Recent polling suggests that Michigan’s recreational marihuana proposal (Proposal 18-1) is likely to be approved at the November 6, 2018 general election. Whether or not the polling is correct, it is important for municipalities to know the implications of this potential new law, so that they are prepared to address this subject matter through appropriate local regulation, if it is approved by the voters.
The most notable aspect of Proposal 18-1, insofar as municipal regulation is concerned, is that it creates an “opt out” scheme for recreational marihuana. In other words, state-licensed recreational marihuana establishments will be permitted in a municipality, unless a municipality “opts out” by adopting an ordinance to expressly prohibit them.
This is the opposite of the statute that currently regulates the commercial production, processing and sale of medical marihuana, which is known as the Medical Marihuana Facilities Licensing Act (“MMFLA”). The MMFLA creates an “opt in” scheme, whereby medical marihuana facilities are prohibited in a municipality, unless a municipality “opts in” by adopting an ordinance expressly allowing them.
The new “opt out” feature of Proposal 18-1 may not be readily apparent because, on one hand, it appears to preserve local control: it grants municipalities the option of adopting an ordinance that would “completely prohibit or limit the number of marihuana establishments within its boundaries.” However, the state licensing scheme created by Proposal 18-1 would require the state to issue an operating license to a proposed recreational marihuana establishment (provided that the application complies with the terms of Proposal 18-1), unless the municipality in which the establishment is proposed to be located notifies the state that the establishment would not be in compliance with an ordinance adopted by the municipality under the terms of Proposal 18-1.
This means that a municipality, if it wants to prohibit the establishment of a recreational marihuana establishment in its jurisdiction, must be able to submit to the state a duly-enacted ordinance that completely prohibits such establishments in the municipality.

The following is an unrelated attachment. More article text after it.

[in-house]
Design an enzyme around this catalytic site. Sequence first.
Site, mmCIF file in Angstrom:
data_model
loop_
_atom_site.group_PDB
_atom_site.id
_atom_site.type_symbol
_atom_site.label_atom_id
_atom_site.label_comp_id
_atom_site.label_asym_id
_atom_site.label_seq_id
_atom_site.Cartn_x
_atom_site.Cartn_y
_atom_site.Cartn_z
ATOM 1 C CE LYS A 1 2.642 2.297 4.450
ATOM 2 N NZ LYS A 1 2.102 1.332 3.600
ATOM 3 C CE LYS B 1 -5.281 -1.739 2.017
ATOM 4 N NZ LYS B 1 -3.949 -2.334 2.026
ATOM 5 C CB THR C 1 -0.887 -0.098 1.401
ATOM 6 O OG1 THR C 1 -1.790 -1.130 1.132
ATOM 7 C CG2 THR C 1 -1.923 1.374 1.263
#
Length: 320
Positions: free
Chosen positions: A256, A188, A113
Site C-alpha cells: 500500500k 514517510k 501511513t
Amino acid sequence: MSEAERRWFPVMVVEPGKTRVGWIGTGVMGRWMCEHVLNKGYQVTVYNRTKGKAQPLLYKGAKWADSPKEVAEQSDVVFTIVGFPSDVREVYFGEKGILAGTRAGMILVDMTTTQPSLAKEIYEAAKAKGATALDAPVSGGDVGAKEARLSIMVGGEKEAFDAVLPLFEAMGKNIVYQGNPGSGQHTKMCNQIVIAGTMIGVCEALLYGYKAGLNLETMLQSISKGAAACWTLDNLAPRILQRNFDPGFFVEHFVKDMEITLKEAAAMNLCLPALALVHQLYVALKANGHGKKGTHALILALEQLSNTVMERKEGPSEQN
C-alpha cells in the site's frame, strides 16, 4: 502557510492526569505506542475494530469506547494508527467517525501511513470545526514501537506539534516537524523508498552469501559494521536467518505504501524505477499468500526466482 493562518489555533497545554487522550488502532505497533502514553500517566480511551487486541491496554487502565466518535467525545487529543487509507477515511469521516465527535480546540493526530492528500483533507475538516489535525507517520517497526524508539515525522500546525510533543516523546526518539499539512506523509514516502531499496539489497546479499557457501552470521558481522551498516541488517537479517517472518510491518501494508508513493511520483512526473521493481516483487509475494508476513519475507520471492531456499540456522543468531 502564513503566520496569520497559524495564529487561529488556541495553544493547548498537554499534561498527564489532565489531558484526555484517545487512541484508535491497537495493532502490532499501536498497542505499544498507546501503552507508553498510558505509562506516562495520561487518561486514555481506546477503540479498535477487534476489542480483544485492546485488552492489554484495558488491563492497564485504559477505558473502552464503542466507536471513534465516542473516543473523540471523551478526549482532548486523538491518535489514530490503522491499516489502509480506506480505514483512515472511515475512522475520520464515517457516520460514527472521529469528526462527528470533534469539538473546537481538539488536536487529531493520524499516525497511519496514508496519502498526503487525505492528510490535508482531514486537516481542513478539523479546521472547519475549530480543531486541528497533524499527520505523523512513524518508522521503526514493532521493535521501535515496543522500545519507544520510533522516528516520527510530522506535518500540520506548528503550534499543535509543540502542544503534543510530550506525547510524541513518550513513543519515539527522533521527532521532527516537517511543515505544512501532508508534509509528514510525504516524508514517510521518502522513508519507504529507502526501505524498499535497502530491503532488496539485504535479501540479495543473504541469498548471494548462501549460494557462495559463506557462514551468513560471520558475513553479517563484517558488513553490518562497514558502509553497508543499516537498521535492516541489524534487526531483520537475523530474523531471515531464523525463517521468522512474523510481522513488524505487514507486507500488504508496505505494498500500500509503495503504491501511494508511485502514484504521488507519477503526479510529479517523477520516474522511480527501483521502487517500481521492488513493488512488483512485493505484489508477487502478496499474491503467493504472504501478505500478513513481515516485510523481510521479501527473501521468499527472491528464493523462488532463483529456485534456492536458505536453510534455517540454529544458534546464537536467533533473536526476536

Similarly, if a municipality does not want to “opt out,” but does want to limit the number and/or types of recreational marihuana establishments in its jurisdiction, it must adopt an ordinance expressly establishing those limits, and provide that ordinance to the state. Such an ordinance can require a municipal license and impose an annual administrative fee of up to $5,000 on each marihuana establishment. But the ordinance cannot conflict with the terms of Proposal 18-1, and cannot impose requirements that would be “unreasonably impracticable.” This means, generally speaking, that the ordinance cannot impose requirements that are so burdensome that a reasonably prudent person would not operate under those requirements. Other permissible terms of such an ordinance include the following:
- Reasonable restrictions on signs for marihuana establishments;
- Regulation of the time, place and manner of the operation of marihuana establishments and of the production, manufacture, sale or display of marihuana accessories;
- Authorization for the sale of marihuana for consumption in designated areas not accessible to persons under the age of 21, or at special events in limited areas, for a limited time; and,
- Providing a penalty for violation of the ordinance, which must be a civil infraction and which cannot impose a civil fine of more than $500.
Another interesting aspect of Proposal 18-1 is that it creates a right of local initiative. Specifically, individuals may petition to initiate an ordinance that would either (a) completely prohibit marihuana establishments within a municipality, or (b) provide for the number of marihuana establishments in a municipality. If such a petition is signed by qualified electors of the municipality, in a number greater than 5% of the votes cast for governor in the municipality in the last gubernatorial election, the ordinance must be placed on the ballot at the next general election, for approval or rejection. Thus, despite what the legislative body of a municipality might decide about prohibiting or allowing recreational marihuana establishments, the voters can compel a different result through the initiative process.
Fortunately, municipalities have a reasonable amount of time to respond to Proposal 18-1, if it is approved by the voters. Under the terms of Proposal 18-1, the state is not required to begin accepting applications for recreational marihuana establishments until one year after its effective date (if approved, Proposal 18-1 would take effect 10 days after the results of the election had been certified, and so the one-year deadline for the state to begin accepting certain applications would likely be in mid- to late-November 2019). However, there is nothing that would prohibit the state from deciding to accept certain applications sooner. Therefore, municipalities should not unreasonably delay in the adoption of an appropriate ordinance. The most proactive approach would be to adopt an ordinance now, before the November 6, 2018 election, with terms indicating that it will become effective only if and when Proposal 18-1 takes effect.
If your municipality would like assistance in the drafting of an appropriate ordinance under the terms of Proposal 18-1, please contact one of the attorneys in Mika Meyers’ Local Government Law Practice Group.